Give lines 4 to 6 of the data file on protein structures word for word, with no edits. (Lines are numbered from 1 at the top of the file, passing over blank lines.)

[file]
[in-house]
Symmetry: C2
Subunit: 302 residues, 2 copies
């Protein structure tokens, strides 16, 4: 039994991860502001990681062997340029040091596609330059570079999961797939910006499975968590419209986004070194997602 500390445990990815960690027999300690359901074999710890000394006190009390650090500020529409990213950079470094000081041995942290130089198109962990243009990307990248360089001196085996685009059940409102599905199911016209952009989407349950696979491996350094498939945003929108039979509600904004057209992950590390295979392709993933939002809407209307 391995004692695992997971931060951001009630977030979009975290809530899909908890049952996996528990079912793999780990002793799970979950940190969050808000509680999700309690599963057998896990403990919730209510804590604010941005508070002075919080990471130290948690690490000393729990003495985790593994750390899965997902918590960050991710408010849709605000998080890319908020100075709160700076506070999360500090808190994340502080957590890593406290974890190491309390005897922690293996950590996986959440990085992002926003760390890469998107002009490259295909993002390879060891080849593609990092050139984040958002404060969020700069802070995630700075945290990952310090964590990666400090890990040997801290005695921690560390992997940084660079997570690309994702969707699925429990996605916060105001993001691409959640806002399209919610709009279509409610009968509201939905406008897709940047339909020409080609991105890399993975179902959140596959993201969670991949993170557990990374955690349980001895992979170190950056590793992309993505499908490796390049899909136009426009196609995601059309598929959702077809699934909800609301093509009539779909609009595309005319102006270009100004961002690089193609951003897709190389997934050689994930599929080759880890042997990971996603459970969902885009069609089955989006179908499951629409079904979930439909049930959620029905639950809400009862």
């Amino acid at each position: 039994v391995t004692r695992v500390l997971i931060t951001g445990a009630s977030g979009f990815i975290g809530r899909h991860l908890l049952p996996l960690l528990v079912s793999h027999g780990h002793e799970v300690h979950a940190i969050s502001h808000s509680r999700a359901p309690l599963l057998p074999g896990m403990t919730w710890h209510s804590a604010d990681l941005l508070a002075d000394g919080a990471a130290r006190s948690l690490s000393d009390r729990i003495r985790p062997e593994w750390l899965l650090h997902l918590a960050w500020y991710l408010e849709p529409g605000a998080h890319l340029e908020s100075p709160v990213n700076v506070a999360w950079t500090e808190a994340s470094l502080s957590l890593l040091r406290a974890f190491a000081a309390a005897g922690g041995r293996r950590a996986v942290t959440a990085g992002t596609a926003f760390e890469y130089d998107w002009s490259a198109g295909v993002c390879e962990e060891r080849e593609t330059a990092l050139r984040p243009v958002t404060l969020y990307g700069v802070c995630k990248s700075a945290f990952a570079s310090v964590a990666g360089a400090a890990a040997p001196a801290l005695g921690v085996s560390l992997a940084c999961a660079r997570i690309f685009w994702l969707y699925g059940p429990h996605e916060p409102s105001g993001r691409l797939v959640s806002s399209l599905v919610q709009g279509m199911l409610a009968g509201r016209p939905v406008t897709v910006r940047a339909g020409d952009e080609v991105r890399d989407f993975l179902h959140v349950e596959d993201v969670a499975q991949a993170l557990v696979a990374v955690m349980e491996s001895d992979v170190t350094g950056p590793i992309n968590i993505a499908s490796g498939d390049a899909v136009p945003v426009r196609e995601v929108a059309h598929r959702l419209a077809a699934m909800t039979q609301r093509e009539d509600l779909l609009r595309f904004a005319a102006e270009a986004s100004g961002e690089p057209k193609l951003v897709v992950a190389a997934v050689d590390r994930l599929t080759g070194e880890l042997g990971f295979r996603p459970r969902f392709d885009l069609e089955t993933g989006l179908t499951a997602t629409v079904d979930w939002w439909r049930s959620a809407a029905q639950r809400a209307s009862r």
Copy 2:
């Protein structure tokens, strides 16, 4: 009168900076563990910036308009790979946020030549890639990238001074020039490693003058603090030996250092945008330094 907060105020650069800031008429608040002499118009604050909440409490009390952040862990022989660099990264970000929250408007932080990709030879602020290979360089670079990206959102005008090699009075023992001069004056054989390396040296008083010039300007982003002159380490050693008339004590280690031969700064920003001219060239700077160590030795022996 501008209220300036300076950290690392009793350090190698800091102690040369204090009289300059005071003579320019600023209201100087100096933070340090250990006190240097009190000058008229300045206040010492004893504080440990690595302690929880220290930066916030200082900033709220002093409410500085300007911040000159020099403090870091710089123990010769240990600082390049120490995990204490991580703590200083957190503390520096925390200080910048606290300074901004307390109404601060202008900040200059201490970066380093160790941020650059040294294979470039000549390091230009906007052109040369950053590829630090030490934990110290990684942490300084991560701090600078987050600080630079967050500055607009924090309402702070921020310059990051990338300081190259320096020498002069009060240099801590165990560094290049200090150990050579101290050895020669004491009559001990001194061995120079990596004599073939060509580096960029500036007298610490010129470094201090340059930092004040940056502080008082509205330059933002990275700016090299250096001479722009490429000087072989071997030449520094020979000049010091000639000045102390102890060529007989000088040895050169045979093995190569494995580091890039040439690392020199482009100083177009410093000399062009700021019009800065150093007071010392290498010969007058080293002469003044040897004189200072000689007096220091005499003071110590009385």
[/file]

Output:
């Protein structure tokens, strides 16, 4: 039994991860502001990681062997340029040091596609330059570079999961797939910006499975968590419209986004070194997602 500390445990990815960690027999300690359901074999710890000394006190009390650090500020529409990213950079470094000081041995942290130089198109962990243009990307990248360089001196085996685009059940409102599905199911016209952009989407349950696979491996350094498939945003929108039979509600904004057209992950590390295979392709993933939002809407209307 391995004692695992997971931060951001009630977030979009975290809530899909908890049952996996528990079912793999780990002793799970979950940190969050808000509680999700309690599963057998896990403990919730209510804590604010941005508070002075919080990471130290948690690490000393729990003495985790593994750390899965997902918590960050991710408010849709605000998080890319908020100075709160700076506070999360500090808190994340502080957590890593406290974890190491309390005897922690293996950590996986959440990085992002926003760390890469998107002009490259295909993002390879060891080849593609990092050139984040958002404060969020700069802070995630700075945290990952310090964590990666400090890990040997801290005695921690560390992997940084660079997570690309994702969707699925429990996605916060105001993001691409959640806002399209919610709009279509409610009968509201939905406008897709940047339909020409080609991105890399993975179902959140596959993201969670991949993170557990990374955690349980001895992979170190950056590793992309993505499908490796390049899909136009426009196609995601059309598929959702077809699934909800609301093509009539779909609009595309005319102006270009100004961002690089193609951003897709190389997934050689994930599929080759880890042997990971996603459970969902885009069609089955989006179908499951629409079904979930439909049930959620029905639950809400009862």
């Amino acid at each position: 039994v391995t004692r695992v500390l997971i931060t951001g445990a009630s977030g979009f990815i975290g809530r899909h991860l908890l049952p996996l960690l528990v079912s793999h027999g780990h002793e799970v300690h979950a940190i969050s502001h808000s509680r999700a359901p309690l599963l057998p074999g896990m403990t919730w710890h209510s804590a604010d990681l941005l508070a002075d000394g919080a990471a130290r006190s948690l690490s000393d009390r729990i003495r985790p062997e593994w750390l899965l650090h997902l918590a960050w500020y991710l408010e849709p529409g605000a998080h890319l340029e908020s100075p709160v990213n700076v506070a999360w950079t500090e808190a994340s470094l502080s957590l890593l040091r406290a974890f190491a000081a309390a005897g922690g041995r293996r950590a996986v942290t959440a990085g992002t596609a926003f760390e890469y130089d998107w002009s490259a198109g295909v993002c390879e962990e060891r080849e593609t330059a990092l050139r984040p243009v958002t404060l969020y990307g700069v802070c995630k990248s700075a945290f990952a570079s310090v964590a990666g360089a400090a890990a040997p001196a801290l005695g921690v085996s560390l992997a940084c999961a660079r997570i690309f685009w994702l969707y699925g059940p429990h996605e916060p409102s105001g993001r691409l797939v959640s806002s399209l599905v919610q709009g279509m199911l409610a009968g509201r016209p939905v406008t897709v910006r940047a339909g020409d952009e080609v991105r890399d989407f993975l179902h959140v349950e596959d993201v969670a499975q991949a993170l557990v696979a990374v955690m349980e491996s001895d992979v170190t350094g950056p590793i992309n968590i993505a499908s490796g498939d390049a899909v136009p945003v426009r196609e995601v929108a059309h598929r959702l419209a077809a699934m909800t039979q609301r093509e009539d509600l779909l609009r595309f904004a005319a102006e270009a986004s100004g961002e690089p057209k193609l951003v897709v992950a190389a997934v050689d590390r994930l599929t080759g070194e880890l042997g990971f295979r996603p459970r969902f392709d885009l069609e089955t993933g989006l179908t499951a997602t629409v079904d979930w939002w439909r049930s959620a809407a029905q639950r809400a209307s009862r």
Copy 2: